Some Lessons Learned?

The Aftermath of the Bush Elections
It is clear to me that people must be really bored with their lives. They are in need of some excitement, some thrill. Sure this has always been the case, but this boredom seems to have spilled over into who they wish to elect as their leaders. It seems that campaigning on regular bread-and-butter stuff, the kind of stuff that makes sense, that seems logical and sensible will get you nowhere in today’s political arena. Some may argue this has always been true, but I beg to differ. Let’s start with the BJP – they lost. They presided over a mostly-good period for India. I think India witnessed some of the best growth, while they were in charge. In terms of economic AND political strength. So, naturally, their campaign was based around that – “India Shining”. Of course anybody who has walked down an Indian street will cyncially disagree, but this voice, which has seen India in the 1980s, the 1990s and today, disagrees. Since I’ve been around, India IS relatively shining. However, that doesn’t seem to work. “Look, we’ve built more roads, cut lots more duties, privatised inefficient government enterprises, raised the growth rate, e.t.c” does not seem like a good campaign platform. Instead, you have to pander to the scum, the people that hold India hostage. That means the farmers, the communists, the union leaders, their mothers, and their goats. “Congress ka haath, Aam aadmi ke saath” – i.e. Congress Stands for the Common Man. The Common Man is nice and shitty illusion. When you pander to these people, you get votes. And the same seems to be true for America. Pander to the ugly stereotype. The hay-chewing, gun-toting, bible-brandishing, white boy, with a red pickup truck and a “healthy” hatred for anything that doesn’t speak or look “Americain”. You find an example of this person in the comments section of a few of my recent posts. This is of course what hollywood and bollywood have excelled in doing forever, and you forgive them, because they are in the Entertainment business. It’s their job. But we used to have a slightly higher standard for our politicans. Vajpayee was a respected man, throughout India, and the World. As was Clinton, in USA and the World. They were looked up to and respected, despite their flaws (which were many).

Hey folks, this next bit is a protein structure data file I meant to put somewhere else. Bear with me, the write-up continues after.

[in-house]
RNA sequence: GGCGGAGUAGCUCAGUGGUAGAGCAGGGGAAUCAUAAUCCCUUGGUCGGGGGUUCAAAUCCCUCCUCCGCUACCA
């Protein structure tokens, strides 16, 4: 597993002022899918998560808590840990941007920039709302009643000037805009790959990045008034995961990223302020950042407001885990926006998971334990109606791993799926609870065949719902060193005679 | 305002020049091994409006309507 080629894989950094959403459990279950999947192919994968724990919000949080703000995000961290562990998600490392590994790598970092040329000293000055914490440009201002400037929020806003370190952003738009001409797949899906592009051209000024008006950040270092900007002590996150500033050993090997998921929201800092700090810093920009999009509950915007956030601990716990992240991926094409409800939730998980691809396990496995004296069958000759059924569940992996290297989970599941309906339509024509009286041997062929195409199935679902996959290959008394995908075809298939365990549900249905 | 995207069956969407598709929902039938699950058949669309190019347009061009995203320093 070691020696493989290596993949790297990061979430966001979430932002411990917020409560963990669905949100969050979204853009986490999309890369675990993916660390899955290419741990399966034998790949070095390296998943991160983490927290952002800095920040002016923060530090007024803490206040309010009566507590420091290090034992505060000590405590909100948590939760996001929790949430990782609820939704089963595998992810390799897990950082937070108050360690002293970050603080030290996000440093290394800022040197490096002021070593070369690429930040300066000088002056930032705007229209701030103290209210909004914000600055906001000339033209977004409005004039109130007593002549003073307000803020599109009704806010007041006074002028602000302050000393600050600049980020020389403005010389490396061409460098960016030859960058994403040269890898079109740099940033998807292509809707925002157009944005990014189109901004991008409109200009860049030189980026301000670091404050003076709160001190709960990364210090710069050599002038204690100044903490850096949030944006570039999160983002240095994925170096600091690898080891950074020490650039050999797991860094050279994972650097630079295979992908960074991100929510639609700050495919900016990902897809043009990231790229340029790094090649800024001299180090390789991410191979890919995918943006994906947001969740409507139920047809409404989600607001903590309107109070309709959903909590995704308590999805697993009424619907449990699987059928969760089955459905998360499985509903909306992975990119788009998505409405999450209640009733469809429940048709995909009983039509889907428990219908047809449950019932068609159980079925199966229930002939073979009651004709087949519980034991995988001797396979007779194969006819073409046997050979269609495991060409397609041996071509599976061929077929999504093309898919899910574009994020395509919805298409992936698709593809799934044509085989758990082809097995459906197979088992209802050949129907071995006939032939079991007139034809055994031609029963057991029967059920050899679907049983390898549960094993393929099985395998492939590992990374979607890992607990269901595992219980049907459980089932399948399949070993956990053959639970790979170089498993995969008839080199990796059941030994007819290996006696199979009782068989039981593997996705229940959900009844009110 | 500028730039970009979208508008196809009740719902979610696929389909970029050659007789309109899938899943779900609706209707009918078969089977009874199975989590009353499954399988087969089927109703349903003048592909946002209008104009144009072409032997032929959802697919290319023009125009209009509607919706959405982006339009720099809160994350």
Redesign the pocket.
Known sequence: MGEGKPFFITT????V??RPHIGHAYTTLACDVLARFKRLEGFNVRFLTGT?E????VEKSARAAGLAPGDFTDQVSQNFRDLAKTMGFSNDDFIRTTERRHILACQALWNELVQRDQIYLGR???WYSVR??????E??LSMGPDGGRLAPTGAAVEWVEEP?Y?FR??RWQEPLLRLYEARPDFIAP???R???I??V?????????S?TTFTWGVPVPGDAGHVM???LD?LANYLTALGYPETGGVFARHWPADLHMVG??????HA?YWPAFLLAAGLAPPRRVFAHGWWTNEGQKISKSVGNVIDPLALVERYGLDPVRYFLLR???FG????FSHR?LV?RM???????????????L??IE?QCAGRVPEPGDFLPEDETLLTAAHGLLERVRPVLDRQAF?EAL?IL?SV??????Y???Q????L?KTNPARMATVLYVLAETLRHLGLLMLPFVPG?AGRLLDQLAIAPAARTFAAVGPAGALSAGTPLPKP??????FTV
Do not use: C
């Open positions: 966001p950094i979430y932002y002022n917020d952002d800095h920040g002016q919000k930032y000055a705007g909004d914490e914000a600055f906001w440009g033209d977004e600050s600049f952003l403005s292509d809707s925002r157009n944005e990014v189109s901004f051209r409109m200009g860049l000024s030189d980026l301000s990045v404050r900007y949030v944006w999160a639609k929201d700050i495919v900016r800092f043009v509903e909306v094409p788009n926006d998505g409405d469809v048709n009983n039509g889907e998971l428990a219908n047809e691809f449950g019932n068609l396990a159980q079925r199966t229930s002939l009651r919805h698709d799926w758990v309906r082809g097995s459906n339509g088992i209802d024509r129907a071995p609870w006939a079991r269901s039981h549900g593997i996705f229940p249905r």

Ah well, those days are long gone, and instead, we’re stuck with a Congress government that’s “pro-poor”

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